So far we have discussed the contiributino of Brahmin to the early transmission of Indian culture to southeast Asia. Buddhist monks, however, were at least as important in this respect. Two characteristic features of Buddhism enabled it to make a specific impact on southeast Asia, First Buddhist were imbued with a atrong missionary zeal, and second, they ignored the caste system and did not emphasize the idea of ritual purity. By his teaching as well as by the orginzation of his monastic order (Sangha) Gautama Buddha had given rise to this missionary zeal, which had then been fostered by Ashoka's dispatch of Buddhist missionaries to Western Asia, Greece, Central Asia, Sri lanka and Burma.
Buddhism's freedom from ritual restrictions and the spirit of the unity of all adherents enabled Buddhist monsk to establish contacts with people abroad, as well as to welcome them in India when they came to visit the sacred places of Buddhism, Chinese sources record 162 visits to India of Chinese of Buddhist monsk for the period from the 5th to the eigth century AD. Many more may have trvelled without having left a trace in such official records. This was an amazing international scholarly exchange programme for that day and age.
In the early centuries AD the center of Buddhist scholarship was the University of Taxila (near the present city of Islamabad),but in the fifth century AD when the University of Nalanda was founded not far from Bodh Gaya, Bihar the center of Buddhist scholarship shifted to eastern India. This university always had a large contingent of students from southeast Asia. There they spent many years close the holy places of Buddhism, copying and translating texts before returing home. Nalanda was a cenre of Mahayana Buddhism, which became of increasing importance of Southeast Asia. We mentioned above that King Balaputa of Shrivijaya established a monastery for students of his realm at Nalanda around 860 AD which was then endowed with land grants by King Devepala of Bengal. But the Sumatran empire of Shrivijaya had acquired a good reputation in tis own right among Buddhist scholars and from the late seventh century AD attracted resident Chinese and Indian monks. The Chinese monk I-tsing stopped over at Shrivijaya capital (present day Palembang) for six months in 671 AD in order to learn Sanskrit Grammer. He then proceeded to India, where he spent 14 years, and on his retun journey he stayed another four years at Palembang so that he could translate the many texts which he had collected. In this period he went to China for a few months in 689 AD to recruit assistance for his great translation project (completed only 695 AD). On his return to China he explicitly recommended that other chiense Buddhists proceeding to India break journey in Shrivijaya, where a thousand monks lived by the same rulers as those prevailing in India. In subsequent years many Chinese Buddhists conscientitously followed this advice.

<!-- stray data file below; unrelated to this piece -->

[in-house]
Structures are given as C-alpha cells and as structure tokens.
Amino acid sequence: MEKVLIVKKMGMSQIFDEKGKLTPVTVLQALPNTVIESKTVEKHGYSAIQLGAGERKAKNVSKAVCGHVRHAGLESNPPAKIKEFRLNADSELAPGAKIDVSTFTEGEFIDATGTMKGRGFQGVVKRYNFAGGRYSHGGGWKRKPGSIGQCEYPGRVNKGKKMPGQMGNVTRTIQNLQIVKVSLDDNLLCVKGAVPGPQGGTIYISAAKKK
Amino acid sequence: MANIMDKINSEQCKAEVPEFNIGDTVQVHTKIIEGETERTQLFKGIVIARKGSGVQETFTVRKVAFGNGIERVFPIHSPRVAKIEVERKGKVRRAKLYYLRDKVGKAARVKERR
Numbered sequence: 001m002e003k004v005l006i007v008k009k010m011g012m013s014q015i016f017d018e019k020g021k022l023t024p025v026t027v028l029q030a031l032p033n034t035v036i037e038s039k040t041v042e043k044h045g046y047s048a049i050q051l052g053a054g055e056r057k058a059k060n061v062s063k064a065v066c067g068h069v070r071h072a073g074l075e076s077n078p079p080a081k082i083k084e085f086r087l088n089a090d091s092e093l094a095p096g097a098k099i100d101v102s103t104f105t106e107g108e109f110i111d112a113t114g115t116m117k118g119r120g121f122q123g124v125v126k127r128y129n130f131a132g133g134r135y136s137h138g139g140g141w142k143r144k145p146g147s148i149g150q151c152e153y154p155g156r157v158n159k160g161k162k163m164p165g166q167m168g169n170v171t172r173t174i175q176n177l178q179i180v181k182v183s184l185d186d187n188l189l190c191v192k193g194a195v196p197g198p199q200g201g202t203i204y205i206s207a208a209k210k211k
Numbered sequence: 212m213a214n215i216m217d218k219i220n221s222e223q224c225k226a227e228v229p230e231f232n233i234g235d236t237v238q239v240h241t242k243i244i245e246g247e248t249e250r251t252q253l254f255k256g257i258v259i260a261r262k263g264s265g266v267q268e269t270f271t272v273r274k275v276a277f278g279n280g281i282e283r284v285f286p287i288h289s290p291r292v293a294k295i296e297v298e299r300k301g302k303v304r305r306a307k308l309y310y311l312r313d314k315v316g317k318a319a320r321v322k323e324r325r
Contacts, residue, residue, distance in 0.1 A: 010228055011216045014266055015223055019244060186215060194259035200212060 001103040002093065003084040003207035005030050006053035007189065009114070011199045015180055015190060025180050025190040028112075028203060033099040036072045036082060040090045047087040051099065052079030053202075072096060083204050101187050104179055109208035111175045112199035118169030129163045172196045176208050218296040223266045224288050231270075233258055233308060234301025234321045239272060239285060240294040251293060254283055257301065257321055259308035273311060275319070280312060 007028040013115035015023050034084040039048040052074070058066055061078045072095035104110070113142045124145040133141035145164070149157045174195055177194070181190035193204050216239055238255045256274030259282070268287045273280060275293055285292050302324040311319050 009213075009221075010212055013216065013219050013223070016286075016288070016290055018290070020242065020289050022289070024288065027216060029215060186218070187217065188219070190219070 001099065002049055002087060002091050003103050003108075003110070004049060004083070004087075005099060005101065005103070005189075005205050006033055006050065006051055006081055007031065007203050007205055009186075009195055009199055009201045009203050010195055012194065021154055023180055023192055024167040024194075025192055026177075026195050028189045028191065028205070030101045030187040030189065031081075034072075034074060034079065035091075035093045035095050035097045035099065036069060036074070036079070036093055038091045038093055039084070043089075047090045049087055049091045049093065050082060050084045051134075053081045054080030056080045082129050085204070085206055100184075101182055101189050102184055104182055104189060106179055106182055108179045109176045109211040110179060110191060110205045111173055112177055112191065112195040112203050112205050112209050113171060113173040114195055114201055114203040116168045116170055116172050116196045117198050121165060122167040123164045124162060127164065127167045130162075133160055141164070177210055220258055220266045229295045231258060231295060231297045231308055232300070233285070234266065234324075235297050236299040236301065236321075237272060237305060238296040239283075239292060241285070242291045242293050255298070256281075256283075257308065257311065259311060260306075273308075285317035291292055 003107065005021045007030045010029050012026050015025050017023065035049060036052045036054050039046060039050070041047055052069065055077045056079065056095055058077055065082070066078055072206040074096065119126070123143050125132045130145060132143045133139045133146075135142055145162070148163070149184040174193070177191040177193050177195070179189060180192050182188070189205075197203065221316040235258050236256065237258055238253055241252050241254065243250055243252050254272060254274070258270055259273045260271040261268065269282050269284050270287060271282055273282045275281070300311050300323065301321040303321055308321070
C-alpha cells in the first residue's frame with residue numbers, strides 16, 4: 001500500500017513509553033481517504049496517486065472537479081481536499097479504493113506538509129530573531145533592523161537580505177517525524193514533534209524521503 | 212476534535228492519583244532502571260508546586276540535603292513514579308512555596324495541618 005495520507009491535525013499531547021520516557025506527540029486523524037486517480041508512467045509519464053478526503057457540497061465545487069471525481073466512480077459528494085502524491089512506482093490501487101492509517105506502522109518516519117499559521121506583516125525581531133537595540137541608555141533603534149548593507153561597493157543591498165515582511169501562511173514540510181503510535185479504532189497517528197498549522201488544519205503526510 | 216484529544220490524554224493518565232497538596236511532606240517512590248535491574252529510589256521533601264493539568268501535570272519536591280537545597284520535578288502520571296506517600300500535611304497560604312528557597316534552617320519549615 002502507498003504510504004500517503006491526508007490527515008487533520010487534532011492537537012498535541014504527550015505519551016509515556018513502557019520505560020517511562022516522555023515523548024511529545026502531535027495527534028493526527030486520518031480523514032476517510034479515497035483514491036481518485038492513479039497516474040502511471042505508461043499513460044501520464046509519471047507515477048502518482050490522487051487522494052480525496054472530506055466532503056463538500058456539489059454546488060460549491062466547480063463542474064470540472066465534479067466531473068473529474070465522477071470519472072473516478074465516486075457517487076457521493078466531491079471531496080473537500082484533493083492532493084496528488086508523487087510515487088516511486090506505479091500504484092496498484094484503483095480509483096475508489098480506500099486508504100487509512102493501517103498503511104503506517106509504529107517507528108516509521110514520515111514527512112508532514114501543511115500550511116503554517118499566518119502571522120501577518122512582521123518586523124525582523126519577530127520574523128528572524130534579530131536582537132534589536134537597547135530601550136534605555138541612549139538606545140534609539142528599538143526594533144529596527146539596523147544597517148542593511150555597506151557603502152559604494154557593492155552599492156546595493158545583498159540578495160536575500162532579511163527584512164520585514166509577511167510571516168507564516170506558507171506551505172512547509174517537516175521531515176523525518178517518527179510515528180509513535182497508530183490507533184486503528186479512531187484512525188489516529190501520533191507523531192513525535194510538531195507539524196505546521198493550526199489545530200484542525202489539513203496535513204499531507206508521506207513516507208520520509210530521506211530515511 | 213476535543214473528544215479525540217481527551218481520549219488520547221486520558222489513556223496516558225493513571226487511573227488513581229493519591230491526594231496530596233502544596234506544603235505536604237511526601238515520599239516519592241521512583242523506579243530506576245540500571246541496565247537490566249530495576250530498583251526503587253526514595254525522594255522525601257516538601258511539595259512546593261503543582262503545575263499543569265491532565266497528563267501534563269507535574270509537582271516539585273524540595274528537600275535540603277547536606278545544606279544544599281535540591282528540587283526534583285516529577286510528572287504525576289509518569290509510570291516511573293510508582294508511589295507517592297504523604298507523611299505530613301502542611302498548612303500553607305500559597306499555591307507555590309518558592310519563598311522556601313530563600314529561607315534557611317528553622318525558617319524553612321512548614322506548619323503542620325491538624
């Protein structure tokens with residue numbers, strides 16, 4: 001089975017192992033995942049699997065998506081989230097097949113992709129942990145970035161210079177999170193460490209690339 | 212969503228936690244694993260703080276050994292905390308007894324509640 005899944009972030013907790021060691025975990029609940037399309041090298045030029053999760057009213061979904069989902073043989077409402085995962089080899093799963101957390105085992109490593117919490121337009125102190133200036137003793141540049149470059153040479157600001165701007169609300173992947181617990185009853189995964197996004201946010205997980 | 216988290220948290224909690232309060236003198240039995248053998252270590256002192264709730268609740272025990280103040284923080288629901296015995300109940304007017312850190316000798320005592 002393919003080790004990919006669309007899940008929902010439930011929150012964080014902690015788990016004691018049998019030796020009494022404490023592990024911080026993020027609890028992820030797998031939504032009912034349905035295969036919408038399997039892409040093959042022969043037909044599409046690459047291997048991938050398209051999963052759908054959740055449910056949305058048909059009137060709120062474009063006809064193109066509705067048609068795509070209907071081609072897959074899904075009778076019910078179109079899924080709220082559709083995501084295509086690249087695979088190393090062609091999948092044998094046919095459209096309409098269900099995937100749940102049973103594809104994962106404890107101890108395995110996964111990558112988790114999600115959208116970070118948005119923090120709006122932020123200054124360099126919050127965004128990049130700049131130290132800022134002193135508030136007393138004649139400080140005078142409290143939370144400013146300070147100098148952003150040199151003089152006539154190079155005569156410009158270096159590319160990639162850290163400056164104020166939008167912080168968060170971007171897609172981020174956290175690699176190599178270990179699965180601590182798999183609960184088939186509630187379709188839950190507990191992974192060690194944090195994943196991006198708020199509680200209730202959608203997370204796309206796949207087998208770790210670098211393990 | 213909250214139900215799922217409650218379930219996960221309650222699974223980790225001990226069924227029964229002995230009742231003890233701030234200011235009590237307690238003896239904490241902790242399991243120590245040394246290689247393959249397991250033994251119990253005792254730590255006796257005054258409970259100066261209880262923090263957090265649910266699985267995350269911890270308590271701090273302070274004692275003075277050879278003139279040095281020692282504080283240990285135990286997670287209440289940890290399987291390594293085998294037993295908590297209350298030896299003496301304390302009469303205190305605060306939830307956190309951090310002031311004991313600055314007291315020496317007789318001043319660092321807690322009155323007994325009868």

Prominent Indian Buddhists Scholars similarly made a point to visit Shrivijaya. Towards the end of Seventh century AD Dharmapala of Nalanda is supposed to have visited Suvarnadvipa (Java and Sumattra). In the beginning of the eighth century AD the south Indian monk Vajrabodhi spent five months in Shrivijaya on his way to China. He and his disciple Amoghvajra, whom he met in Java, are credited with having indroduced Buddhist Tantrism to China. Atisha, who later became know as the great reformer of Tibeta Buddhism, is said to have studied for twelve years in Survarnadvipa in the early eleventh century AD. The high standard of Buddhist learning which prevailed in Indonasia for many centuries was one of the important precodition for that great work of art, the Borobudur, whose many reliefs are a pictorial compendium the Buddhist lore, a tribute both to the craftsman ship of Indonasia artists and to the knowledge of Indonasia Buddhist Scholars.